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For her book, Heirloom Kitchen, Anna Gass traveled the country to cook with women who immigrated to America. Her goal was to learn and transcribe their "secret recipes"—you know, the family recipes kept only in your head and not on paper. The book also tells the inspiring stories behind these women and their journey to America. Anna learned how to make this incredible poppy seed cake from a woman who immigrated to the U.S. named Marina Varshisky.
“Marina likes to soak the poppy seeds overnight because she found it softens them and improves their flavor. Make sure to buy fresh poppy seeds, she warns, or they will be too hard. Her husband requests this cake for special occasions, and once, for her father's birthday, she made two frostings, one sour cream and one chocolate, frosting the cake in two halves so everyone could pick their favorite side!" —Anna
For another recipe from Heirloom Kitchen, check out this American-style spanakopita.
For the cake, whisk the eggs and poppy seeds in the bowl of a standing mixer until the eggs are light and the poppy seeds are fully incorporated, about 4 minutes. Cover and refrigerate overnight.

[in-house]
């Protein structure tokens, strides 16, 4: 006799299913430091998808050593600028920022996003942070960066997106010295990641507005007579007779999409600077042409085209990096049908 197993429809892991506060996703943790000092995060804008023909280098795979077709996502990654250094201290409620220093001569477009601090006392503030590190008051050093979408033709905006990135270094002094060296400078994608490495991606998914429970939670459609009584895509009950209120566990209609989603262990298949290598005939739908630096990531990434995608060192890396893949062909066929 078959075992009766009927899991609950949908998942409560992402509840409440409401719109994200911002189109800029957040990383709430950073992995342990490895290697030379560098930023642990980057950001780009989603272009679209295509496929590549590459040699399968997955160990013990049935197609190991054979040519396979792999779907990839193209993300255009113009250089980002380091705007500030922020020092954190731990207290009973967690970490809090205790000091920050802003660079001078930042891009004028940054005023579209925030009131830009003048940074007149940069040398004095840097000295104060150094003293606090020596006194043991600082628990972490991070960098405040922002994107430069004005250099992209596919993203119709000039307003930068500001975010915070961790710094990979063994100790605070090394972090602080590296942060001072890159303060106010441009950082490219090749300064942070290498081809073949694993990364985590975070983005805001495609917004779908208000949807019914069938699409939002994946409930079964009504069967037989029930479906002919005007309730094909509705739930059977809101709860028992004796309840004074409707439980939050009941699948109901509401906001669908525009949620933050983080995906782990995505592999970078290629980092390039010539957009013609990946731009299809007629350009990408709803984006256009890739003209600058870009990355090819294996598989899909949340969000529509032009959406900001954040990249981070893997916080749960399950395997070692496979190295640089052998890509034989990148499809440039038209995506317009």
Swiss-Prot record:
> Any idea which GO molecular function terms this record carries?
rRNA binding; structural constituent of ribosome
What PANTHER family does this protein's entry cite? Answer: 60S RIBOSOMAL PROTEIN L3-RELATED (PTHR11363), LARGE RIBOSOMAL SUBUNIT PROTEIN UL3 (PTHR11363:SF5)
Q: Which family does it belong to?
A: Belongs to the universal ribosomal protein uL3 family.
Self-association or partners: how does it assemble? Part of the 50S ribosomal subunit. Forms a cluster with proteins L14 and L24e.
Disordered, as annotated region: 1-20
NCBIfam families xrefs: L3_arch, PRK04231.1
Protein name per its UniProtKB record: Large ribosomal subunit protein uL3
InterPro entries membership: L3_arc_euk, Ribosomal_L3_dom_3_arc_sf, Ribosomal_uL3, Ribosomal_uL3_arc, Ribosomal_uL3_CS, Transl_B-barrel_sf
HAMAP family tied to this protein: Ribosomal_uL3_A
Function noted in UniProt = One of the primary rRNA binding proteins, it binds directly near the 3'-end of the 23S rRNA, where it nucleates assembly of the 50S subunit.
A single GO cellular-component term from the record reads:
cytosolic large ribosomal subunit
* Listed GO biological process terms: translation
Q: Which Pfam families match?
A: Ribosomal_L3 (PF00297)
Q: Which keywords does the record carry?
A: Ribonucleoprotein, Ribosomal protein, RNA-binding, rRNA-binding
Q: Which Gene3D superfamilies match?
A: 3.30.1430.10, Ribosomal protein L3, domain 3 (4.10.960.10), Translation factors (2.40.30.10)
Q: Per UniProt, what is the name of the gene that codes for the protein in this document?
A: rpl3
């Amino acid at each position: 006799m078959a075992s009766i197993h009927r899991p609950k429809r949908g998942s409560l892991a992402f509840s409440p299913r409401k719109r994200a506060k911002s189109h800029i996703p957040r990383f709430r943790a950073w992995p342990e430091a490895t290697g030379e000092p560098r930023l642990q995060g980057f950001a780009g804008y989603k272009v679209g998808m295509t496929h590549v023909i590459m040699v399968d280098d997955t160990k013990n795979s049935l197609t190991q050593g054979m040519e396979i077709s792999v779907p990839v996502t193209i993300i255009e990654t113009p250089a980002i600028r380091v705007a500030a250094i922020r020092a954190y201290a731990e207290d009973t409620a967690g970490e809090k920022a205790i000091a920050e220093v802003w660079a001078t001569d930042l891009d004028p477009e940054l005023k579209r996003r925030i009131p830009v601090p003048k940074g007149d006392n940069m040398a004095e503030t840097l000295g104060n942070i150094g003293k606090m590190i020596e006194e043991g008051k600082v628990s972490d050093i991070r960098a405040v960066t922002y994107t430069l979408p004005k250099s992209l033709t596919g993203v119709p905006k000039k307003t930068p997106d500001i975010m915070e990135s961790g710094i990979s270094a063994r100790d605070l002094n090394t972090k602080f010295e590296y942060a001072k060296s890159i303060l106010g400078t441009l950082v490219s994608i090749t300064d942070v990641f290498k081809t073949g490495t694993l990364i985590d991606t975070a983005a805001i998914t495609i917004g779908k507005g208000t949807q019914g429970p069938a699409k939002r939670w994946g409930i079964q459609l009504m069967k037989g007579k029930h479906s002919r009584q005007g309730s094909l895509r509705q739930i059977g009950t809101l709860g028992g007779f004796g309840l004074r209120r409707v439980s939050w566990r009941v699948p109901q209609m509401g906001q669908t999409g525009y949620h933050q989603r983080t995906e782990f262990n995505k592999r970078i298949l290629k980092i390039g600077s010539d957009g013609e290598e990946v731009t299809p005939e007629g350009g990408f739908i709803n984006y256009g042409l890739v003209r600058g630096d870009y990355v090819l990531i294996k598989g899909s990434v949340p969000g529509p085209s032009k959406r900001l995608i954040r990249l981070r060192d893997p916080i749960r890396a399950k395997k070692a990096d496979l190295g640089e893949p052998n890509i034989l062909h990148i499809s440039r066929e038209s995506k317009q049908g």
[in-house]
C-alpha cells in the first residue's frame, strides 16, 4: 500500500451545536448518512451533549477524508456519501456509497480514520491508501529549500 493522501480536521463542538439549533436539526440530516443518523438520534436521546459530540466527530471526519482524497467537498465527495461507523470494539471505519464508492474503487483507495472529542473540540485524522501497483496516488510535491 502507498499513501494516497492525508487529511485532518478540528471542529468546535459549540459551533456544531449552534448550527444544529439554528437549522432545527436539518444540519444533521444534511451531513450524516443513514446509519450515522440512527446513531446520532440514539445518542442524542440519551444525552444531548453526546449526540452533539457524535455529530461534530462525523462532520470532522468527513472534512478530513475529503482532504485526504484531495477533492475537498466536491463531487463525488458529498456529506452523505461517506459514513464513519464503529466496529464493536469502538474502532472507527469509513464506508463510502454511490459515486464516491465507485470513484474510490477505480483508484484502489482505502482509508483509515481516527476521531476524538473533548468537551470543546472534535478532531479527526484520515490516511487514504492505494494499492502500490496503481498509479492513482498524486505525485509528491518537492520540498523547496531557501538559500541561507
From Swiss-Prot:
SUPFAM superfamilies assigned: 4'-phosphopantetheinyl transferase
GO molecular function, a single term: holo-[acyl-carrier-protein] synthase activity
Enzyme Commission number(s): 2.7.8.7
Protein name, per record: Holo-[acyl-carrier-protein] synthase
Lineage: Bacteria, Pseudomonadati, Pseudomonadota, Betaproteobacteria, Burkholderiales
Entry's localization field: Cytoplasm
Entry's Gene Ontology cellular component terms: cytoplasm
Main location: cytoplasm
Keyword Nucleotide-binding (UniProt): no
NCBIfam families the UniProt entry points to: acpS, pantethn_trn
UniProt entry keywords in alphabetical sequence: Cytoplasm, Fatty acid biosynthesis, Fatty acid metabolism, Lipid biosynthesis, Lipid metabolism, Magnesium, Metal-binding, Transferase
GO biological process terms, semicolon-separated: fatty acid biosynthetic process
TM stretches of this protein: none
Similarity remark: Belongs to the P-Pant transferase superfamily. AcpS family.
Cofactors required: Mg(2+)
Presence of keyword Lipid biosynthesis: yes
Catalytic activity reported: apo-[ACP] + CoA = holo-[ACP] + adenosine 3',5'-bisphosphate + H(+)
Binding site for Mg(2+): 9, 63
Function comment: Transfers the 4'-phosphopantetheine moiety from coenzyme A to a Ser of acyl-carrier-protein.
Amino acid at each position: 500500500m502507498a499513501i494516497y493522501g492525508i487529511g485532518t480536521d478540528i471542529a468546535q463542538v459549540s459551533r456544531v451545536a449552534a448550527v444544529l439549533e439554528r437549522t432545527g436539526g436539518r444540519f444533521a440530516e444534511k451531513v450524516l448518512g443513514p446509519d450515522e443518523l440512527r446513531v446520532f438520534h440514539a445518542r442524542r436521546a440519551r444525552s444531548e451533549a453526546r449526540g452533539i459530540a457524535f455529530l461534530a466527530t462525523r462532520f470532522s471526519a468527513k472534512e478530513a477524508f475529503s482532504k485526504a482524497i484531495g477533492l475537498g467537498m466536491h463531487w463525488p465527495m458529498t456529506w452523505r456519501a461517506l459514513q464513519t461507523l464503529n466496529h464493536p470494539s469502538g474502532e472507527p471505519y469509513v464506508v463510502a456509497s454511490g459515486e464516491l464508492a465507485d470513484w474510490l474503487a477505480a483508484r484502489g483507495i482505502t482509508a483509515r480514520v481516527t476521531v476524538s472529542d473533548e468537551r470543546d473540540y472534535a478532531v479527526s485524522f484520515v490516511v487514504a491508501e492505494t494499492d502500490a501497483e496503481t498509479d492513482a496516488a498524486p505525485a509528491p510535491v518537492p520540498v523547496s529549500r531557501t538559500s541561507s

Preheat the oven to 350°F. Thoroughly grease three 8-inch round pans.
Whisk the flour and baking soda in a medium bowl and set aside.
Remove the egg mixture from the refrigerator and whisk to re-combine. Whisk in the sugar, then the kefir. Whisk the flour mixture into the egg mixture.
Divide the batter evenly among the three pans. Bake for 15 minutes, until the edges begin to brown. Remove and cool completely in the pans on a wire rack.
Once cool, remove the cakes from the pans and trim any brown edges. Using a cake tester, poke holes all over the cakes. Brush 1 tablespoon of the Cognac on each layer.
For the frosting, using a stand or hand mixer with the whisk attachment, whisk together the sour cream, sugar, Cognac, and vanilla until very firm.
To assemble, place one cake layer on a serving dish and cover with one quarter of the frosting (about 1 cup) and spread. Place a second cake layer on top and spread with another quarter of the frosting. Place the final cake layer on top. Cover with a generous helping of frosting and use it to cover the top and sides—you may not need all of the frosting. Sprinkle the poppy seeds all over.
Chill for at least two hours, or up to overnight, before serving.
Excerpted from Heirloom Kitchen by Anna Francese Gass. Copyright © 2019 by Anna Francese Gass. Used with permission by Harper Design. All rights reserved.